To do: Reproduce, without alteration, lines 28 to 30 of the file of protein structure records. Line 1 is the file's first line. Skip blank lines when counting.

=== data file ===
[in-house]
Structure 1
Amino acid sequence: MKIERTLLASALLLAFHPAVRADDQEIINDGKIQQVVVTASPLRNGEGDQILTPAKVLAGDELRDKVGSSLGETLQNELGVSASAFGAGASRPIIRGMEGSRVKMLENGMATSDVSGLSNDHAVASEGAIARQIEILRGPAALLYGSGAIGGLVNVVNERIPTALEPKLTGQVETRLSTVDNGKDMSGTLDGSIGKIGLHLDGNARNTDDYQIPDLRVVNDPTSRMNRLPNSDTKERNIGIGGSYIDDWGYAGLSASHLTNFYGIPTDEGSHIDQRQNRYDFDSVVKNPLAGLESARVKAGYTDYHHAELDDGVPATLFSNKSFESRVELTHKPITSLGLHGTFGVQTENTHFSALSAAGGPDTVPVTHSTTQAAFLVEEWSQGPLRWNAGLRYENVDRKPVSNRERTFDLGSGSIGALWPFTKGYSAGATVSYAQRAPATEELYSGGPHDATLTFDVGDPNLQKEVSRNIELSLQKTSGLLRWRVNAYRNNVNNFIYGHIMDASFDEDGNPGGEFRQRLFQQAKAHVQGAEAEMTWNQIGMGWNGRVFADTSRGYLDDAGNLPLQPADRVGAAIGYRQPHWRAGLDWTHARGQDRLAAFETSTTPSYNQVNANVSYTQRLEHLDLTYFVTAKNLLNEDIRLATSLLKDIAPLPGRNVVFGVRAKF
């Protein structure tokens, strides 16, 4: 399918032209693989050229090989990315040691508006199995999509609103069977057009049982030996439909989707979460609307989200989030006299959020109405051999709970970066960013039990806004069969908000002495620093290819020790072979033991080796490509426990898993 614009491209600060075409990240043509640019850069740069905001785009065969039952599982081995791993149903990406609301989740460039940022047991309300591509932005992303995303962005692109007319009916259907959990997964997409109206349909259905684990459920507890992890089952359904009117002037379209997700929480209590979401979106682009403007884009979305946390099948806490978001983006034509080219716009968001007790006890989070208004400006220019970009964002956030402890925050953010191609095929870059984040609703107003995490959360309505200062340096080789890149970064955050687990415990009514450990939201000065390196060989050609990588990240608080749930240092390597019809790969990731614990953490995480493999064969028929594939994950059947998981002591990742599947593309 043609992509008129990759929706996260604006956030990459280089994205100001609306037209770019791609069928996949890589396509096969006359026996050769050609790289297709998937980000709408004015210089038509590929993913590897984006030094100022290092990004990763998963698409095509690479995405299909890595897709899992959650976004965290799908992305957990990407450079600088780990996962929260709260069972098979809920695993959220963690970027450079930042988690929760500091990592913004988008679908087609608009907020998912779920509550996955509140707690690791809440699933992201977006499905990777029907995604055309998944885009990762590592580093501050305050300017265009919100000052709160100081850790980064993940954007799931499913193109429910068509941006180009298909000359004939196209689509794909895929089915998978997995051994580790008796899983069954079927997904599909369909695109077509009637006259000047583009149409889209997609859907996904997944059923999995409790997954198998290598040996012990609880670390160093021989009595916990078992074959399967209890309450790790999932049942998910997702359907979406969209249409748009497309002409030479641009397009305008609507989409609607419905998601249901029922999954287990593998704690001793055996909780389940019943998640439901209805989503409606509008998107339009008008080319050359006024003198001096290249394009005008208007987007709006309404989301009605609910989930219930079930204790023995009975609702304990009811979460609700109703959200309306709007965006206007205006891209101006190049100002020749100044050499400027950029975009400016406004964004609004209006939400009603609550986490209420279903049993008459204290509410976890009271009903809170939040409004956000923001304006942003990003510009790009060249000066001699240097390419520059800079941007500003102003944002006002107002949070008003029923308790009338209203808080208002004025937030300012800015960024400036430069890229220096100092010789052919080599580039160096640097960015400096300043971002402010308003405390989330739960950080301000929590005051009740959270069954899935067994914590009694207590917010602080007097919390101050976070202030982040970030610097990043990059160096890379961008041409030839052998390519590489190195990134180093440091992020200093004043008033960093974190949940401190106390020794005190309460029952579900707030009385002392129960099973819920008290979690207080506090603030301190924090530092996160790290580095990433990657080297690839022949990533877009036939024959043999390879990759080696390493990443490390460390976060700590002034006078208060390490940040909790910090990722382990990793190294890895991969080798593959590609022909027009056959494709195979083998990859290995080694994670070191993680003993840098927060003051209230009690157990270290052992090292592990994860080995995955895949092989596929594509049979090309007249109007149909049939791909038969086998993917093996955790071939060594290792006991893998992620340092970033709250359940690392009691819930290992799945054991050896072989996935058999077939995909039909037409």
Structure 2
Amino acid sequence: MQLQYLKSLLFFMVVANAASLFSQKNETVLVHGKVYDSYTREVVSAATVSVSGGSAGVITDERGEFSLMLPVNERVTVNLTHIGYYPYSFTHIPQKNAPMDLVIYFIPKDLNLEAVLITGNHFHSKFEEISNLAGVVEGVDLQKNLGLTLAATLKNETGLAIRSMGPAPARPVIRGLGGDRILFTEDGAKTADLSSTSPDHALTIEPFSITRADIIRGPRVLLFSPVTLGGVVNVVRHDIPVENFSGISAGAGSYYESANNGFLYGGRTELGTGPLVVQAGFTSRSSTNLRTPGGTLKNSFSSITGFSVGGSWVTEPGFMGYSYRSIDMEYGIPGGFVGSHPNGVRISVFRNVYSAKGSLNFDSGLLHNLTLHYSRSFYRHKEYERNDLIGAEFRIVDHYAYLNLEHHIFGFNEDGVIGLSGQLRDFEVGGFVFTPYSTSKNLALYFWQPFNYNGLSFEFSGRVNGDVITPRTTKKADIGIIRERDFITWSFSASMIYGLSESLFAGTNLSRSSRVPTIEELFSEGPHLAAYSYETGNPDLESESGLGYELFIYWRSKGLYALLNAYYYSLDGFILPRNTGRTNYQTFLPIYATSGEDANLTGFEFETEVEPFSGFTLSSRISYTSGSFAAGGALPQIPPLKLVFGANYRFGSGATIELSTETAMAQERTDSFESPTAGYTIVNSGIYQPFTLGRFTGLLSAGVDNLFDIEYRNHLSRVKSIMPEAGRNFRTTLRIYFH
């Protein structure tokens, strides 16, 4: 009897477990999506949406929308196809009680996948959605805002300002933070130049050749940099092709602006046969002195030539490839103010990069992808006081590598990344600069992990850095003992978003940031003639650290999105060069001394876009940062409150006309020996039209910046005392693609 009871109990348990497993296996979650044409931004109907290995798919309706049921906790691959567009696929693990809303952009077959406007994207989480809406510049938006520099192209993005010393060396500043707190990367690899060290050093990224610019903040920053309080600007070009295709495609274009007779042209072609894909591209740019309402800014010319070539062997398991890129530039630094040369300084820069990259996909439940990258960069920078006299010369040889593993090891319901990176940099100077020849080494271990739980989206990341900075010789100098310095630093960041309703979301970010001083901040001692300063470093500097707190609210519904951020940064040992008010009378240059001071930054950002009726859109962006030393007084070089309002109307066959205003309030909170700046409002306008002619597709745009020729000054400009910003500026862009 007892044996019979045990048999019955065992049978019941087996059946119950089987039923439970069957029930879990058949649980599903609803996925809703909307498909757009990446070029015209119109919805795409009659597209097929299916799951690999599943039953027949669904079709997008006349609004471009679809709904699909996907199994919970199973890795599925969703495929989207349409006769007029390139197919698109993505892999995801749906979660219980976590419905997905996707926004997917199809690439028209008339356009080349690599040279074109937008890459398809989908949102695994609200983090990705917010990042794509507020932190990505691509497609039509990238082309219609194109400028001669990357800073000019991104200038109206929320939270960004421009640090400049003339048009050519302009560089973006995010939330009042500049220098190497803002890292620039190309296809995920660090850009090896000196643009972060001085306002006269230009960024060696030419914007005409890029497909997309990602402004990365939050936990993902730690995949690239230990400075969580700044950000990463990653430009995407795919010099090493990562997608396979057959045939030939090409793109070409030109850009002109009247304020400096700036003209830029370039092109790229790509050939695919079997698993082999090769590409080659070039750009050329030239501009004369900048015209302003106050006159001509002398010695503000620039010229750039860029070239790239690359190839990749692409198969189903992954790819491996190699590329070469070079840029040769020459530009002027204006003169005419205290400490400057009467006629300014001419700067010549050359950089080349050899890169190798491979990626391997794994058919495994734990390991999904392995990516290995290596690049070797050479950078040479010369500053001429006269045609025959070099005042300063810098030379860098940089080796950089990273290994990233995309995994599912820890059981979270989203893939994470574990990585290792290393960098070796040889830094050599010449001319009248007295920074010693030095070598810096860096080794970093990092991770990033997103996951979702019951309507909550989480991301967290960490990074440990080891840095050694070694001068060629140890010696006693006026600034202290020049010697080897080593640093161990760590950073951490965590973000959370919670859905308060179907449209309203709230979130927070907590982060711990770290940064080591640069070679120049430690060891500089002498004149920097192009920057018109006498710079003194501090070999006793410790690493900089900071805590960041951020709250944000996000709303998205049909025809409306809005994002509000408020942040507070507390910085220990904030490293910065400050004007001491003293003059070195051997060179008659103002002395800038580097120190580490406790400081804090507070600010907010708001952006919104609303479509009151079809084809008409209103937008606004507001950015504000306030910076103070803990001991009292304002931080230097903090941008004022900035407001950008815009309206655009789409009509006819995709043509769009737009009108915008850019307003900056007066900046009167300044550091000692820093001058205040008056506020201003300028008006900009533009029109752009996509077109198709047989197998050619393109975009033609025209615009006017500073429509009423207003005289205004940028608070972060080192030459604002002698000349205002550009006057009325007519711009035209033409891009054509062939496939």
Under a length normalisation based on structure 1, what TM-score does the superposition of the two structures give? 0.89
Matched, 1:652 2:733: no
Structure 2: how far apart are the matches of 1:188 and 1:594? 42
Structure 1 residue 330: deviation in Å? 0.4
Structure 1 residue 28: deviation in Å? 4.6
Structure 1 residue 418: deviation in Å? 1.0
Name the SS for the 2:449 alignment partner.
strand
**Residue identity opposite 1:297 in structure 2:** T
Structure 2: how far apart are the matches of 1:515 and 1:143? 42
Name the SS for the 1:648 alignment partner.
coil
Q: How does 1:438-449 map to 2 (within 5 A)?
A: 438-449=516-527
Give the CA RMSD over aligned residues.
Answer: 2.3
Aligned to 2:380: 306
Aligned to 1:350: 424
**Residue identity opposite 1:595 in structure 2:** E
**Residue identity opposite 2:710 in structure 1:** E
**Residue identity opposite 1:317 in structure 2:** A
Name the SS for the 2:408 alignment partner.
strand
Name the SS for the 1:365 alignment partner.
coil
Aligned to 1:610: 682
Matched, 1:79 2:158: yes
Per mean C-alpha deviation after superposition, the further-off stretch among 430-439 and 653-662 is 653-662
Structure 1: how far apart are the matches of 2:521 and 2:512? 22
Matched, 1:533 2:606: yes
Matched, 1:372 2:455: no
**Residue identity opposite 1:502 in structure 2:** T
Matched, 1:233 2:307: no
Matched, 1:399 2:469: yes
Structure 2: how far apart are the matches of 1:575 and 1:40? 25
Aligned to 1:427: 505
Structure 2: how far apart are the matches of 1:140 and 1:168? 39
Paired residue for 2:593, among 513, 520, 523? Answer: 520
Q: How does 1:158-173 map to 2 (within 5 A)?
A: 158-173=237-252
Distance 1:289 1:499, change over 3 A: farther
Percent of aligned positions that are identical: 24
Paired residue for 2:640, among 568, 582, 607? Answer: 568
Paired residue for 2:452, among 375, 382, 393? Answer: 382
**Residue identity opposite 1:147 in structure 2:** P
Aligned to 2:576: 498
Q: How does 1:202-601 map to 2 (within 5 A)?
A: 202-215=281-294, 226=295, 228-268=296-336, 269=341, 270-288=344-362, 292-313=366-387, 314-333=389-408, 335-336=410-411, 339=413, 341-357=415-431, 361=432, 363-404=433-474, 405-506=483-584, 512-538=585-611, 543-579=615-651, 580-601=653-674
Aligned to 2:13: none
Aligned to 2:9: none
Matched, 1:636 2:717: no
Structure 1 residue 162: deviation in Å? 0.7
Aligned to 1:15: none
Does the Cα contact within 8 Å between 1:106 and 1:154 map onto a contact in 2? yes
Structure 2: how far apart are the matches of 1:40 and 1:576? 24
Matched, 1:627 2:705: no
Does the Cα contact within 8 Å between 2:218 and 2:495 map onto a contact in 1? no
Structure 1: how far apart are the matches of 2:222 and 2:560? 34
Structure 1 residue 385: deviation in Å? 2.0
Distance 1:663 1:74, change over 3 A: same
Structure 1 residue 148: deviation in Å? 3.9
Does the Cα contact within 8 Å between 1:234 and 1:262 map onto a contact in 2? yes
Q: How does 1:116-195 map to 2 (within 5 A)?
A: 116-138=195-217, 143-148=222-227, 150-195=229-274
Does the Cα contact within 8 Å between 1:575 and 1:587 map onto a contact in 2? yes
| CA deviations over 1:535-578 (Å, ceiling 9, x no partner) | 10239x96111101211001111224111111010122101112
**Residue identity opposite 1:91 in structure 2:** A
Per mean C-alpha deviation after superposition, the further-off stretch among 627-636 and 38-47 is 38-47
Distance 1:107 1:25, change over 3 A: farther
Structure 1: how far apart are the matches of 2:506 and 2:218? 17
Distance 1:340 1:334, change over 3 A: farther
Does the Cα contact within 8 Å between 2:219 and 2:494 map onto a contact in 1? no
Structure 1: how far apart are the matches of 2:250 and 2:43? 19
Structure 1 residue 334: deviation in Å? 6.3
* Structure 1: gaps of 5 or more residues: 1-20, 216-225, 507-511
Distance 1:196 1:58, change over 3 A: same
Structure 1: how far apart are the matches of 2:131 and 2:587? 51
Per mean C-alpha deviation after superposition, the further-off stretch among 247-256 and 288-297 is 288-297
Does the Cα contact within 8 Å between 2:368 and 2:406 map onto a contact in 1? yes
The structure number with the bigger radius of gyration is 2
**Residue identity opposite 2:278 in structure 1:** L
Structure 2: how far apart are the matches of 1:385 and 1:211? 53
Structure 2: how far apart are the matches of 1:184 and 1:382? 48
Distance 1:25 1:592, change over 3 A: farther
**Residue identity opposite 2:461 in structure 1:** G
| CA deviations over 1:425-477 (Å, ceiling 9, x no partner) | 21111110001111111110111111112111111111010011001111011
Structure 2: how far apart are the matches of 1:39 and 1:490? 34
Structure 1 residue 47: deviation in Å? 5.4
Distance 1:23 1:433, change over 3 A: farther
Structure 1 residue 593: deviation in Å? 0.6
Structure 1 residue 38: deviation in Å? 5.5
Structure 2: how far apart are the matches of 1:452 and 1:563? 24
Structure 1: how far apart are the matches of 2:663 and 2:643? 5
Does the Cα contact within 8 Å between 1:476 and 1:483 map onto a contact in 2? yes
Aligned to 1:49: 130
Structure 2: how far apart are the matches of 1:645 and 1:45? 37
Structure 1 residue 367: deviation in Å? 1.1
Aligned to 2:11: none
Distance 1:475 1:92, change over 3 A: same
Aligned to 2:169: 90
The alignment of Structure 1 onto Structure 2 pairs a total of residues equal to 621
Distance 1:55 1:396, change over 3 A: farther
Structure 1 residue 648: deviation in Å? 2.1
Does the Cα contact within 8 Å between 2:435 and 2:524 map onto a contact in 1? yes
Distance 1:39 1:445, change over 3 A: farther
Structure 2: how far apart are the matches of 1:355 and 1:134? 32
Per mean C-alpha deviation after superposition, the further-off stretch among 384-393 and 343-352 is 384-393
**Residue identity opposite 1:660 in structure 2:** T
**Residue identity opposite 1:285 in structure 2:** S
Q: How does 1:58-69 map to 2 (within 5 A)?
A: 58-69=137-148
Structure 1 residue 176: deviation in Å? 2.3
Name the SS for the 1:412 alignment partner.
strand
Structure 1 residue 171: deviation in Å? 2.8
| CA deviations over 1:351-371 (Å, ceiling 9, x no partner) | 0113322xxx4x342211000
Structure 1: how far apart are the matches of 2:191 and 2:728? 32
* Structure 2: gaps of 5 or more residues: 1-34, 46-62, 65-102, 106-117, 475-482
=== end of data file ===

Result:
**Residue identity opposite 1:317 in structure 2:** A
Name the SS for the 2:408 alignment partner.
strand